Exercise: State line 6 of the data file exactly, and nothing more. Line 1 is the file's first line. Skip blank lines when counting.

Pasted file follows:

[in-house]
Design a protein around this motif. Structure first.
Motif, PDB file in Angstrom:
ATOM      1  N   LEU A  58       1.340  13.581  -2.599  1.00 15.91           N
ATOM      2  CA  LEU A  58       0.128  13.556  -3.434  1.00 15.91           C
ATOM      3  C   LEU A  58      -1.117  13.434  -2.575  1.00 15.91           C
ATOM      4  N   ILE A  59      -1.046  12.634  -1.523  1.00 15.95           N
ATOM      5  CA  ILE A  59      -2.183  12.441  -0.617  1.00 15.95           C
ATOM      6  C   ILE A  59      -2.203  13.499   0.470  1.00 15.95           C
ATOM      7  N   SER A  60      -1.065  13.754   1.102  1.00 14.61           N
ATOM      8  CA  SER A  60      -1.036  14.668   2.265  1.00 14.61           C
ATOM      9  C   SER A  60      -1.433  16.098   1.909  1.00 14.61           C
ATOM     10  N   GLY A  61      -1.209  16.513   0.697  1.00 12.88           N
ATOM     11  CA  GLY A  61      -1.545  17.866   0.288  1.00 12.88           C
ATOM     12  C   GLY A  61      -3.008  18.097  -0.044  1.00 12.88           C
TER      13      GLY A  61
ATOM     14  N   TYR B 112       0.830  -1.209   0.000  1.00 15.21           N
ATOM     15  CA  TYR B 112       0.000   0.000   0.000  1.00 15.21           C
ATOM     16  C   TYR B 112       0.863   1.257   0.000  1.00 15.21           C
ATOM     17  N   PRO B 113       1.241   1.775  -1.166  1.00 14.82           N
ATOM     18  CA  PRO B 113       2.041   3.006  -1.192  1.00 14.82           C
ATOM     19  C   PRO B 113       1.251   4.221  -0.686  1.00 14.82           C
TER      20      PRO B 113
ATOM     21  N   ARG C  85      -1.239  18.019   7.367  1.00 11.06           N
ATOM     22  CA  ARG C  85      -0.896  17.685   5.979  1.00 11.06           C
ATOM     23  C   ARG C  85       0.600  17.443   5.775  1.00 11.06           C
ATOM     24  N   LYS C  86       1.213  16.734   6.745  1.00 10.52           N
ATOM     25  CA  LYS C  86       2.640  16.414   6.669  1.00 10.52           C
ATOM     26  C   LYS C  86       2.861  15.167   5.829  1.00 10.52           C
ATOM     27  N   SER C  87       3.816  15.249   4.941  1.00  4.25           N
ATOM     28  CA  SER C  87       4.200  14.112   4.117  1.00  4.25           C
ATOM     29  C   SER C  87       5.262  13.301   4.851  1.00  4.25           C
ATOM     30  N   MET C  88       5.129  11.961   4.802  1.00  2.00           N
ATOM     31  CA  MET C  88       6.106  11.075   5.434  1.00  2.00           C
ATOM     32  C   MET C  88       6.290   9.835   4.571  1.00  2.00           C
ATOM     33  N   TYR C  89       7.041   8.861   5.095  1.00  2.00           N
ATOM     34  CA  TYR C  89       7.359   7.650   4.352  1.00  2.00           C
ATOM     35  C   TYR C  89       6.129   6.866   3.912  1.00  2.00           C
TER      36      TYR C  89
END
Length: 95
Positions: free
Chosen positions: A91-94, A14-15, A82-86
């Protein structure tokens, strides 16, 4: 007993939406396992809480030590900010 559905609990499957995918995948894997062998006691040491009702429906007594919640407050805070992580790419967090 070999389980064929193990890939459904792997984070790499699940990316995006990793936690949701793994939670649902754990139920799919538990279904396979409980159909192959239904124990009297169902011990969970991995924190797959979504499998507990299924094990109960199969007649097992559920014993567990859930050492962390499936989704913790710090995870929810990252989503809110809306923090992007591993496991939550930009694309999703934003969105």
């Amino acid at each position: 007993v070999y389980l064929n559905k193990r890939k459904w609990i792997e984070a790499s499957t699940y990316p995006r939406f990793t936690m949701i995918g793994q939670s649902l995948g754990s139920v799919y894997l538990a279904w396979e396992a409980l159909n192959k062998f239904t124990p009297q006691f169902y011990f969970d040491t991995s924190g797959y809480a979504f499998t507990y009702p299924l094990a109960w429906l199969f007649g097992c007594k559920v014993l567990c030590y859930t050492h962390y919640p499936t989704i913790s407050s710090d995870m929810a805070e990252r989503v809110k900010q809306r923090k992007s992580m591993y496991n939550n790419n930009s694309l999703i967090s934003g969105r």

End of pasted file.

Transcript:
ATOM      3  C   LEU A  58      -1.117  13.434  -2.575  1.00 15.91           C